Mr Shannon was an on-call night care assistant who lived in accommodation at a residential care home. He had to respond to any calls from the night care worker between 10pm and 7am, but in practice was rarely called upon. His work fell under salaried work.
The Employment Appeal Tribunal (agreeing with the Employment Tribunal) considered that Mrs Tomlinson-Blake was performing time work even when asleep, due to being constantly on call, but that Mr Shannon could not claim the national minimum wage because:
- he was not working throughout his shift, and
- his accommodation was his home.
Therefore both of the exceptions applied.
The Court of Appeal allowed Mencap’s appeal against Mrs Tomlinson-Blake, and dismissed that of Mr Shannon.
The Supreme Court’s decision
The court agreed with the Court of Appeal, and held that a sleep-in worker who is merely present is not treated as working.
Lady Arden highlighted that workers are not entitled to a wage simply by virtue of being subject to the employer’s instructions, as there are many situations when a worker is acting for the employer’s benefit but is not paid – for example, when travelling to/from work (35).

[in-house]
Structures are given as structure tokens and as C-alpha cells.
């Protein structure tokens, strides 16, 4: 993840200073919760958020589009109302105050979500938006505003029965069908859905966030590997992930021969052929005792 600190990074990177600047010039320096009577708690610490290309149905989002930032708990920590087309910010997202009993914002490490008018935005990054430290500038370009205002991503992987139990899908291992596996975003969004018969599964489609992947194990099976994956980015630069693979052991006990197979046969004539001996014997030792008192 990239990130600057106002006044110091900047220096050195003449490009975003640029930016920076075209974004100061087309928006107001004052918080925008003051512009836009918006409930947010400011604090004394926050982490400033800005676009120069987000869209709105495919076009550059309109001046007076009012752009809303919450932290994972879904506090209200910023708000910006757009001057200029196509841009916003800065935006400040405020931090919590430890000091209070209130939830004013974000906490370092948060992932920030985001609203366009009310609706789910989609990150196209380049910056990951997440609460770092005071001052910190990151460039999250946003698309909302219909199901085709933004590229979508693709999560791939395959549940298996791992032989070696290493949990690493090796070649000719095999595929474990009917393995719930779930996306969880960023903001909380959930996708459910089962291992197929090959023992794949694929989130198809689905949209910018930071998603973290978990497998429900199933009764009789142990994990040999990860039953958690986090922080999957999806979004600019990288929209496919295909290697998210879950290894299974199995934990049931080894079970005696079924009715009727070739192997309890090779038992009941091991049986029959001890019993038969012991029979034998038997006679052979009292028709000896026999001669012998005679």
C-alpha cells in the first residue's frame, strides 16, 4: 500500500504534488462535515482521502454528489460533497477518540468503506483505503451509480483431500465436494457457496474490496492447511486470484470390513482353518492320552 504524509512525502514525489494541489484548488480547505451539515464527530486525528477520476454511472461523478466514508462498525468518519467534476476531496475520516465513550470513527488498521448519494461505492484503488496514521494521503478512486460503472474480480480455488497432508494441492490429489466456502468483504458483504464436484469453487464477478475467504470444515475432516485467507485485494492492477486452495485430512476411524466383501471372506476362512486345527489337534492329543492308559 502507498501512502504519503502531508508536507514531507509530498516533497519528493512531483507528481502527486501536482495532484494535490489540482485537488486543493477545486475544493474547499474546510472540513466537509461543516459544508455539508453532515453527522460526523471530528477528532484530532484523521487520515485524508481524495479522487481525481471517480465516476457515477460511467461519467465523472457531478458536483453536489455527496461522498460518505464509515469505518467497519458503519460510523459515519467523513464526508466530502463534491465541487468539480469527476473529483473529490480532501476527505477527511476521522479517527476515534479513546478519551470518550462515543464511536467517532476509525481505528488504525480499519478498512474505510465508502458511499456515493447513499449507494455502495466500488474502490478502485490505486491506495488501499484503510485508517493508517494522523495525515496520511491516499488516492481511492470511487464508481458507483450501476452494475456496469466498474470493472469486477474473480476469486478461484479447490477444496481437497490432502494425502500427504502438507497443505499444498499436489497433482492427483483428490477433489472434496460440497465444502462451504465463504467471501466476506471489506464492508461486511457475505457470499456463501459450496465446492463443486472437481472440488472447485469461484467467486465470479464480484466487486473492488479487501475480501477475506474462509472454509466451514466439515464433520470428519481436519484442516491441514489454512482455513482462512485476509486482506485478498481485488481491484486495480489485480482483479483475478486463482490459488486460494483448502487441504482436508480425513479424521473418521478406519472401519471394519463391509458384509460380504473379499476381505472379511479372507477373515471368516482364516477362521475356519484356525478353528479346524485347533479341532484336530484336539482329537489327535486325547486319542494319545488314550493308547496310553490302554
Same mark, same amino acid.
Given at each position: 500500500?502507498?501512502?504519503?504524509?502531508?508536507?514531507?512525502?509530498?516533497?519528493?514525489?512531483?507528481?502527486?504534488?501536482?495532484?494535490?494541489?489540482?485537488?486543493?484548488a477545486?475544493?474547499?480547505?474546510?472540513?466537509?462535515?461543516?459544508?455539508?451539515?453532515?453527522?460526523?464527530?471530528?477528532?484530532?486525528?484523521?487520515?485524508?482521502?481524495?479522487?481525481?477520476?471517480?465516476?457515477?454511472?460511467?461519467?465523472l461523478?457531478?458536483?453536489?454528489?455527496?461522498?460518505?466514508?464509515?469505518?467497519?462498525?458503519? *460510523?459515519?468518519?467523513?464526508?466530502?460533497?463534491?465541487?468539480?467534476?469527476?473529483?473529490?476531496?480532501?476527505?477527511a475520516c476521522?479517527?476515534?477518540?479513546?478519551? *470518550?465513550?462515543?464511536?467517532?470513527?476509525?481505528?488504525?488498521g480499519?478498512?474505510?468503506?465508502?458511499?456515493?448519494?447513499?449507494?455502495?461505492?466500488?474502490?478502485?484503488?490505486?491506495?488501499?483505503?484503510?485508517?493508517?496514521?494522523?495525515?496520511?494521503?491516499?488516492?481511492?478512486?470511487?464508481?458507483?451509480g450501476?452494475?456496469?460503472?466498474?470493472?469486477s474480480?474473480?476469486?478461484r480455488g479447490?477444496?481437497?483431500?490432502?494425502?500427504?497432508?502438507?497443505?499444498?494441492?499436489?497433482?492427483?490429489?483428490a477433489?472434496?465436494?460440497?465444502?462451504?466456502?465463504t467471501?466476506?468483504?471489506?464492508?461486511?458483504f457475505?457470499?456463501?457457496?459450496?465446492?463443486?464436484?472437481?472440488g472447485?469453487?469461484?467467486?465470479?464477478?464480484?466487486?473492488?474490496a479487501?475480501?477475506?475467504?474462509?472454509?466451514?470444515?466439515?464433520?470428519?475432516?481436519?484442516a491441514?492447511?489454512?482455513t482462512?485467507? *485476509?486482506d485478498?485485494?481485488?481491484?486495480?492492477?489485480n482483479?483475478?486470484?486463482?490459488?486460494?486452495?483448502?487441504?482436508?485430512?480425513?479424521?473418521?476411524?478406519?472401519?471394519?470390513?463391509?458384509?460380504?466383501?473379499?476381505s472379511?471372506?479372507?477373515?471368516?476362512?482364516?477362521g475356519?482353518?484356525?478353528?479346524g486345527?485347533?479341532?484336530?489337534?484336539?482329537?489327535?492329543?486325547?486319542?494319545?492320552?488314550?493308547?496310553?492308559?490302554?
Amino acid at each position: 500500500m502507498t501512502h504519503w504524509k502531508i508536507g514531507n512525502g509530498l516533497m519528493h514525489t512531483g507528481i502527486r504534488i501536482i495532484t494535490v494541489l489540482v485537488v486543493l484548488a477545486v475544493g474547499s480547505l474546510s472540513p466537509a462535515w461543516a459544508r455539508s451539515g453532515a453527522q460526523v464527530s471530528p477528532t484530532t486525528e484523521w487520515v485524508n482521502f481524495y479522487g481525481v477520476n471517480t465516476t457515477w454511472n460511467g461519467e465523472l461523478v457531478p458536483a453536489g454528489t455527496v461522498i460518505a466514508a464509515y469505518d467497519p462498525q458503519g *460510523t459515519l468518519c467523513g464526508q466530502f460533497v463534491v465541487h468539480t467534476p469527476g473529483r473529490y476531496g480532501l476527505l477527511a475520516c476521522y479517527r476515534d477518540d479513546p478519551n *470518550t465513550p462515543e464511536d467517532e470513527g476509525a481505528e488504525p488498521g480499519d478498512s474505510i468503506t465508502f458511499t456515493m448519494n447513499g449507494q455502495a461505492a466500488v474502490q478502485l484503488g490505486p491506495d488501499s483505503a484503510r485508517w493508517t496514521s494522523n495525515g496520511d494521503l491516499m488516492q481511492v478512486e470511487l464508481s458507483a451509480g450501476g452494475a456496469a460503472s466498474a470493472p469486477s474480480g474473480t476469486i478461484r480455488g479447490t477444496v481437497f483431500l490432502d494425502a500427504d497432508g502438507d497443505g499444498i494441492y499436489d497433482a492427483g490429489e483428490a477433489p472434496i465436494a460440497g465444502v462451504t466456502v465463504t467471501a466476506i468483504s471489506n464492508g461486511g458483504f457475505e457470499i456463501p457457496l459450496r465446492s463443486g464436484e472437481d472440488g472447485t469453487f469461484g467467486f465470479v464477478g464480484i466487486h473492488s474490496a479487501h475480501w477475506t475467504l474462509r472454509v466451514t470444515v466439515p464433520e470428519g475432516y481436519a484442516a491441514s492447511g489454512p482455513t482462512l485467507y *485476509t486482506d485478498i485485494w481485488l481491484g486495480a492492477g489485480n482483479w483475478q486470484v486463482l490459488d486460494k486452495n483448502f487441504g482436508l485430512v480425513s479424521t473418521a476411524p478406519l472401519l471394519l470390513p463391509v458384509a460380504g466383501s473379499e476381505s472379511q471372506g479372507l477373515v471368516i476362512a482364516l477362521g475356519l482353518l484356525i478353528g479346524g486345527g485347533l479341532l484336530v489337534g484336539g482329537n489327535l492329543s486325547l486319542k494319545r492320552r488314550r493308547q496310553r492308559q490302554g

The court held that the purpose of the regulations, with regard to time work, is that a sleep-in worker cannot be actually working for national minimum wage purposes if the arrangement is that the worker is to be present and sleep on the premises, subject only to emergency calls.
As such, the rules for sleep-in workers were held to be quite clear: they are not doing time work, for national minimum wage purposes, if they are not awake.
Further, if awake, they must be awake for the purposes of working. Therefore it is necessary to look at the arrangements between employer and worker to see what the worker is required to do when not asleep but within the hours of the sleep-in shift, to see if that time qualifies for the national minimum wage. If the worker is given time to sleep subject to the requirement to respond to emergency calls, the worker’s time is not subject to the national minimum wage calculation unless the worker answers such a call. (44-45).